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Tuesday, March 26, 2019

(Reuters) – The chief justice of Alabama’s Supreme Court was effectively ousted on Friday by a judicial panel that found he unethically resisted U.S. court rulings that legalized same-sex marriage.

Chief Justice Roy Moore, 69, violated judicial ethics with an order seen as directing probate judges to withhold marriage licenses from same-sex couples, defying federal court decisions, the Alabama Court of the Judiciary ruled.

It was the second suspension for the outspokenly conservative Moore. Earlier, he was sanctioned for refusing to remove a monument of the Ten Commandments in a state building.

Moore on Friday blasted the decision that followed a trial earlier this week.

“This was a politically motivated effort by radical homosexual and transgender groups to remove me as Chief Justice of the Supreme Court because of outspoken opposition to their immoral agenda,” he said in a statement on social media.

His lawyer, Mat Staver, said he plans to appeal the unanimous decision to suspend Moore without pay for the rest of his term, effective immediately. Staver said it essentially removes Moore from the bench, as the chief justice will be too old to seek re-election at his term’s end in January 2019.

Civil rights proponents hailed the move. “The people of Alabama who cherish the rule of law are not going to miss the Ayatollah of Alabama,” Richard Cohen, president of the Southern Poverty Law Center, said in a statement.

The Alabama Court of the Judiciary said in the ruling that Moore’s Jan. 6 order showed “disregard for binding federal law” after the U.S. Supreme Court’s landmark June 2015 decision giving gay and lesbian couples the right to marry.

The judiciary court rejected the chief justice’s argument that he was providing a status update. Moore has insisted there was uncertainty after conflicting opinions on gay marriage from state and federal courts.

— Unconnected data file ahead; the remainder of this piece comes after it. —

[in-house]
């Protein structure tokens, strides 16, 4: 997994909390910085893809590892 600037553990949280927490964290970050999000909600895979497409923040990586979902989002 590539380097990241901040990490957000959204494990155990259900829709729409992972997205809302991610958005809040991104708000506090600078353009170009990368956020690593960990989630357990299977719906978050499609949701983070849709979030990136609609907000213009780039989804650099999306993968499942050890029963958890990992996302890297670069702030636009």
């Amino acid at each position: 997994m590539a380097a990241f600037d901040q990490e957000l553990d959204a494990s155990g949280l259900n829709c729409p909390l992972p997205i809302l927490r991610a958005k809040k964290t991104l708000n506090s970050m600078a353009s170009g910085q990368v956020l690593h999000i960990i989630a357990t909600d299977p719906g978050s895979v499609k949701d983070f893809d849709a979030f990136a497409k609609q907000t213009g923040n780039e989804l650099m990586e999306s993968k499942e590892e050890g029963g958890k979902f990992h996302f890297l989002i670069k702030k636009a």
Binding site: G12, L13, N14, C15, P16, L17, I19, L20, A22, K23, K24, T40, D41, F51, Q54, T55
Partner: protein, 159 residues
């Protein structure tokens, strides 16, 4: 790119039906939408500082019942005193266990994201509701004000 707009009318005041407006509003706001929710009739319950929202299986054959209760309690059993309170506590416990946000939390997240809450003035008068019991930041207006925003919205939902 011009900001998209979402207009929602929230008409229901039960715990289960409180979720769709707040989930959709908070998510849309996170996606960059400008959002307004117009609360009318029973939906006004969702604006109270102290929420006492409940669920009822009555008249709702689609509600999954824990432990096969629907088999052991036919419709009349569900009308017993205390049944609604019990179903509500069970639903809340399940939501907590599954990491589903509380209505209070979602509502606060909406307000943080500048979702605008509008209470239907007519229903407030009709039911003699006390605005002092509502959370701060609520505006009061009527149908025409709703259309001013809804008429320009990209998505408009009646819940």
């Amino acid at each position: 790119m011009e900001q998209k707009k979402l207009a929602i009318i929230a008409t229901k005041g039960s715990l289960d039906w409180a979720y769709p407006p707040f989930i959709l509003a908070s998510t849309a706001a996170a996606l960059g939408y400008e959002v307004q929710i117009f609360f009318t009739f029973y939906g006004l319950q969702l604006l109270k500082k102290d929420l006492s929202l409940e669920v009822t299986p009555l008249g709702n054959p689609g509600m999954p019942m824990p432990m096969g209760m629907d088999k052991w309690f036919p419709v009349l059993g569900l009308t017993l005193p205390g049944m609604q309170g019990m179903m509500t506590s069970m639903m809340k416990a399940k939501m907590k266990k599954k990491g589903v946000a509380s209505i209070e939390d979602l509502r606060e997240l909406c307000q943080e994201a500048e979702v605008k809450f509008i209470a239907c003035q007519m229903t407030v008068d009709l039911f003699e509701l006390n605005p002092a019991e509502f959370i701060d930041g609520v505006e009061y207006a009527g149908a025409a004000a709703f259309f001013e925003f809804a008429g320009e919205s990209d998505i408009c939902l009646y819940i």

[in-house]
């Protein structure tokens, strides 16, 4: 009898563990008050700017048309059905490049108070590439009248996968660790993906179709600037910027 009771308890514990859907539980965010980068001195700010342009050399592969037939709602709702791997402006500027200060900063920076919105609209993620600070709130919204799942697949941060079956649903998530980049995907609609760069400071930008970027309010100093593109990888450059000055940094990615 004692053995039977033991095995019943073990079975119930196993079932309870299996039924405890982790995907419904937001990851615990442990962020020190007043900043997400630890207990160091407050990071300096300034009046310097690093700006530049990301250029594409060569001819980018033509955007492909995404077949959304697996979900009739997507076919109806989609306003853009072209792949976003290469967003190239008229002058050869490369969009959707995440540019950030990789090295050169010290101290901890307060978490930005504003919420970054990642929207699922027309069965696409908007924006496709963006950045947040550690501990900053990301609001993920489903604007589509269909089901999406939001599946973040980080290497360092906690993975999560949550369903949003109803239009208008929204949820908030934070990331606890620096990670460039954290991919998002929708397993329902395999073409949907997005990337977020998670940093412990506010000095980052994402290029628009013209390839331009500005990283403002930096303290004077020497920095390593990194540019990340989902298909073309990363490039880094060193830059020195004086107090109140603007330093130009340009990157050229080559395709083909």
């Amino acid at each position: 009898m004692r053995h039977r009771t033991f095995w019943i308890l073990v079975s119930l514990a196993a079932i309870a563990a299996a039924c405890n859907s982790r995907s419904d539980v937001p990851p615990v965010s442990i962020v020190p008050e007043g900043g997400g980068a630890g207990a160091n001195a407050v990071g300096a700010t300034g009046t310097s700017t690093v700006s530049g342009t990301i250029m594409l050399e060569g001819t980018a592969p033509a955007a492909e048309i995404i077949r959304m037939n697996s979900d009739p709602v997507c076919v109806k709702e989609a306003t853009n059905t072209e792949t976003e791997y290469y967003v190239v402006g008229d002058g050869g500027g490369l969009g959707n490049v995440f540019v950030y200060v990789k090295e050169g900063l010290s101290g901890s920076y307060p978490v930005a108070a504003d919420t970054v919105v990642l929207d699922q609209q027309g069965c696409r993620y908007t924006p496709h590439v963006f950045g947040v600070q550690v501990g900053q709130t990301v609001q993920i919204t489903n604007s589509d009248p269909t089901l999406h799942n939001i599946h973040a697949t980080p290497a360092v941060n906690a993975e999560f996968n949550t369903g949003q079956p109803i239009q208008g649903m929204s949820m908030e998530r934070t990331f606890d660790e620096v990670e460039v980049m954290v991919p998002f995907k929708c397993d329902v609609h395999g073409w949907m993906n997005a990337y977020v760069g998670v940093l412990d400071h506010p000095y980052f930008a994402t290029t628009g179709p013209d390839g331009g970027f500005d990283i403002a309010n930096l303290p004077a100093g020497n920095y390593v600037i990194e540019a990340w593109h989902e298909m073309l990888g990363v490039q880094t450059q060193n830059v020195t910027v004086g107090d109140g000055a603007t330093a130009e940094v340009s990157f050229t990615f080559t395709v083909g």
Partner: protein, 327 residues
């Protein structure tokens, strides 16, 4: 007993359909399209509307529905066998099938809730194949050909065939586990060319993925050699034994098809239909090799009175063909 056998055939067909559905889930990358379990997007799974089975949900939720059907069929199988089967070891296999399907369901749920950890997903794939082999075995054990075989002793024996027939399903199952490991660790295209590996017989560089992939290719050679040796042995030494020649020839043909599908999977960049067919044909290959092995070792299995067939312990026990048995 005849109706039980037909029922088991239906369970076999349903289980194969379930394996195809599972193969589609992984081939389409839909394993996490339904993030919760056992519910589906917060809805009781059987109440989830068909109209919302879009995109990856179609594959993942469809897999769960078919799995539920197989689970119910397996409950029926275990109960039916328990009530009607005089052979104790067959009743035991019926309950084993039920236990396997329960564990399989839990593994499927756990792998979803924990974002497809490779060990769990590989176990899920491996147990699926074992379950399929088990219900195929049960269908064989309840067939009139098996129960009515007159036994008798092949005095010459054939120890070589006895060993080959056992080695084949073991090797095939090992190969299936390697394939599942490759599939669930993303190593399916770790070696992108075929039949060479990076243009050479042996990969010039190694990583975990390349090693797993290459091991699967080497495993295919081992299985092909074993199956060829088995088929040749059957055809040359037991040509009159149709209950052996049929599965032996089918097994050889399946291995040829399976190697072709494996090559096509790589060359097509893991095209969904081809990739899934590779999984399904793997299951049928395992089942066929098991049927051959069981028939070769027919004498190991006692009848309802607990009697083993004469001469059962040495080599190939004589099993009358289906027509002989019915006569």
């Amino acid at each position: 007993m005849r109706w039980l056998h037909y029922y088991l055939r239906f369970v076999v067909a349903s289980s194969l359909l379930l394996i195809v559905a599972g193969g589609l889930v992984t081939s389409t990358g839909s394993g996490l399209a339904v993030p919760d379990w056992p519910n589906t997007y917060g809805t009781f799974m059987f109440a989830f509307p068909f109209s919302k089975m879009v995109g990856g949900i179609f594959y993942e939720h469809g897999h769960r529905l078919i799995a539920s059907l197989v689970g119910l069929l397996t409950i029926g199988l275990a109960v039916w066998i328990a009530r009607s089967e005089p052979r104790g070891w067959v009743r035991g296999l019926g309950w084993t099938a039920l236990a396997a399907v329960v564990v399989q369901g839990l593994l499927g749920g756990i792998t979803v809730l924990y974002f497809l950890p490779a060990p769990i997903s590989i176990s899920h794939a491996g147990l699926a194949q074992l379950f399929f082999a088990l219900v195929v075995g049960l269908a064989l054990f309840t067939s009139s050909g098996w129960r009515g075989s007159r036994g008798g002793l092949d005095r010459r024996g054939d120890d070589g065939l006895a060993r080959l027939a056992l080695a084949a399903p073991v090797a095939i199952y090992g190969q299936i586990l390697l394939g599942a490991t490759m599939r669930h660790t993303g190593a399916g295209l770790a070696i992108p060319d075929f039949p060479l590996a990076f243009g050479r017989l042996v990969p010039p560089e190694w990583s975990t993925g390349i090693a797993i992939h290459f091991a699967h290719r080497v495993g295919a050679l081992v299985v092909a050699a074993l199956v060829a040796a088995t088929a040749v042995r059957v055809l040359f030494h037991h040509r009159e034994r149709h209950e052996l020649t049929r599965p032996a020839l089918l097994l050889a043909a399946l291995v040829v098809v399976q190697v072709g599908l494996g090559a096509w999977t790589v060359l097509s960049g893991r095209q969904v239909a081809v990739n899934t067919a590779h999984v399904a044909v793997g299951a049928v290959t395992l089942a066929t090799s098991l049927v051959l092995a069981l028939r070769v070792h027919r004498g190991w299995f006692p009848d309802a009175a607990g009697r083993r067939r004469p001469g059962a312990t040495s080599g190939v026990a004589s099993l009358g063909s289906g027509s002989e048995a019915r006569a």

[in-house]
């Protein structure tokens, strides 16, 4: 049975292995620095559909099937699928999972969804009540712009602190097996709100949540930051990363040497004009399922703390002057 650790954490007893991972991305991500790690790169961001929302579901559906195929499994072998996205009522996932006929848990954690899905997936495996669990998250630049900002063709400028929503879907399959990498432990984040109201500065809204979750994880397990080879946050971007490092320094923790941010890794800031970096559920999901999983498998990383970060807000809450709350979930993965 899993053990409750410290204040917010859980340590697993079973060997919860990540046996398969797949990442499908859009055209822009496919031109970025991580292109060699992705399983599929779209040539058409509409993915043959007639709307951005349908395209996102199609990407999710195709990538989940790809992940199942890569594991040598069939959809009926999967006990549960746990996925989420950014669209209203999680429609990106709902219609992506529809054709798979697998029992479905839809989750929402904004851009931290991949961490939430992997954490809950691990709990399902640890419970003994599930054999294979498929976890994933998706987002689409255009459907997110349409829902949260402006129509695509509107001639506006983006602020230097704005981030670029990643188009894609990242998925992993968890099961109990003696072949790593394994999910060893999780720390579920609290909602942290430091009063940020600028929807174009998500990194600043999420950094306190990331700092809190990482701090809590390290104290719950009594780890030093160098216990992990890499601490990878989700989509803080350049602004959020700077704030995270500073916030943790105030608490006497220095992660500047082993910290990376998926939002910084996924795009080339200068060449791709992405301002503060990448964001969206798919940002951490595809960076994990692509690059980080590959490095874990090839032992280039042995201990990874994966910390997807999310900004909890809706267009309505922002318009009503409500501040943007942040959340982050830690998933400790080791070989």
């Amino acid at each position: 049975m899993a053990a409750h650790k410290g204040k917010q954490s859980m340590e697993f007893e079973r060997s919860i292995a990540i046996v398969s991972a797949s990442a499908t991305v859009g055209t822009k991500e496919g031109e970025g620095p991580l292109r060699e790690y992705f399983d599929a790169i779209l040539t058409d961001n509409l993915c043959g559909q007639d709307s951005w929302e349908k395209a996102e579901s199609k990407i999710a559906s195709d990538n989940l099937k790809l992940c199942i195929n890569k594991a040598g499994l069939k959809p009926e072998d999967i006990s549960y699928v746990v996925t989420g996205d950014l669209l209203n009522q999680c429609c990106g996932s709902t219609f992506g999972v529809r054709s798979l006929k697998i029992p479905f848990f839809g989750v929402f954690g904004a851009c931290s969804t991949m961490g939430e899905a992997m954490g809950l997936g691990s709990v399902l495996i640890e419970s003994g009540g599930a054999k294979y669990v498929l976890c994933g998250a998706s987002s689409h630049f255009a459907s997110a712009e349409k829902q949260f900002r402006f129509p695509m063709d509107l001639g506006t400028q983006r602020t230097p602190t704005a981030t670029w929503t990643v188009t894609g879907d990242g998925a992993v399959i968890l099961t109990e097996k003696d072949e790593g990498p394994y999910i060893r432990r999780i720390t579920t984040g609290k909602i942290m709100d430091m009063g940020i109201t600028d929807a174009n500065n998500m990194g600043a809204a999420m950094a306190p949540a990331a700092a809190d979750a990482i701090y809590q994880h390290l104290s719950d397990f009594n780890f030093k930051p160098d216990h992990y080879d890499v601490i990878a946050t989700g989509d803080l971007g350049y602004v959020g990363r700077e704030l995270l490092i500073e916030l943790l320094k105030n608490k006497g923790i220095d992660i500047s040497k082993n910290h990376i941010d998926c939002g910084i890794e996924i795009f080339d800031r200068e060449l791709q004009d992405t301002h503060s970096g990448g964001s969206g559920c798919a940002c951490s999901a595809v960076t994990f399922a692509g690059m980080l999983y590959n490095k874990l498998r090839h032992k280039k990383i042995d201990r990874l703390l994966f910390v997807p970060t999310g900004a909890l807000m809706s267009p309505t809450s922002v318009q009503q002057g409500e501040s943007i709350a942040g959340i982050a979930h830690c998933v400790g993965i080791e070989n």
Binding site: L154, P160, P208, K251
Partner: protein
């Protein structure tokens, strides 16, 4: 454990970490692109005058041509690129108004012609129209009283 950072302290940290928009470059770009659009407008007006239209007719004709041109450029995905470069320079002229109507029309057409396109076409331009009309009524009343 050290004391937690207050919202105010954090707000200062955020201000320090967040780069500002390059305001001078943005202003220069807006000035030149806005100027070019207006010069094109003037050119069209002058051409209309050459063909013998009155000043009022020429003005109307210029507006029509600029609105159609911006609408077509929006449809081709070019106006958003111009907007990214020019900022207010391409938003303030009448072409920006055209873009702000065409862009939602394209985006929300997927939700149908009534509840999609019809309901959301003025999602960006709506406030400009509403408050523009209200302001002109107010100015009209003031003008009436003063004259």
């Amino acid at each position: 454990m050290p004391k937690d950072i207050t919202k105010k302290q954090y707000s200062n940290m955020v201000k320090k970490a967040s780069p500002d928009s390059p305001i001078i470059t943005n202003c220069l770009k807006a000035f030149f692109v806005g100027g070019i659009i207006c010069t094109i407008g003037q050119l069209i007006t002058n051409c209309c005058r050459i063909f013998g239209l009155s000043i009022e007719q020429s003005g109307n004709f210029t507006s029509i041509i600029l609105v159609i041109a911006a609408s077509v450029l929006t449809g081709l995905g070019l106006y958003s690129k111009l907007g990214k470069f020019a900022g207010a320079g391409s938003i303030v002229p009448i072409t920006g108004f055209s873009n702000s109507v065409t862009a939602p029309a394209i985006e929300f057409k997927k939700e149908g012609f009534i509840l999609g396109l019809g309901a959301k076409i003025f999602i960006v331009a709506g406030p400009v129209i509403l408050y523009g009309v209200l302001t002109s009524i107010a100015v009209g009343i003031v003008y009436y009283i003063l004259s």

“I think this ruling is an abuse of power,” Moore’s lawyer, Staver, said by phone. “It’s a de facto removal.”

The ruling noted the state judiciary court had removed Moore from the bench in 2003 for defying a federal order to take down a Ten Commandments monument he installed in the state’s judicial building. Voters re-elected him as chief justice in 2012.

He was charged after the Southern Poverty Law Center filed ethics complaints.

“It undermined the integrity of the judiciary, the spectacle of a chief justice telling other judges not to follow a court order,” the SPLC’s Cohen said by phone.

(Reporting by Letitia Stein in Tampa, Fla.; Editing by David Gregorio and Matthew Lewis)

IMAGE: A same-sex marriage supporter holds a sign referring to Alabama’s Supreme Court Chief Justice Roy Moore, during a protest outside the Jefferson County Courthouse in Birmingham, Alabama February 9, 2015.  REUTERS/Marvin Gentry

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14 responses to “Alabama Chief Justice Roy Moore Ousted Over Gay Marriage Defiance”

  1. So many backwards judges on the bench in the US, so many more to oust.

    • Jon says:

      True. The judiciary has become so politicized that people no longer trust judges to simply determine the applicable law and apply it to objectively determined facts. Listening to people like Ted Cruz, Charles Grassley, and Mitch McConnell is infuriating. They claim that they don’t want activist judges who make law through their interpretations. They say they want “strict constructionists”. That is their code for ultraconservative judges who will interpret the law in a manner consistent with their right wing agenda.

      • FireBaron says:

        Jon, you have to look at the different processes for appointment. The Federal judiciary receive lifetime appointments following Senate Confirmation. This is actually the greatest power a President has. By selecting judges that follow his (or her?) political bent, and depending on the age at appointment, you could have someone rendering decisions for 30 or more years.
        However, the individual States have myriad ways of seating them. In some, each judge faces an election for a set term (as in Alabama). Even the Chief Justice of the State Supreme Court in Alabama is an elected position. In other states, they follow the federal format – nominated by the governor and appointed for life. In others, the appointment is for a set term and their renewal is by either open election or Legislative confirmation. In others, the initial appointment is by election, followed by renewal based on legislative approval.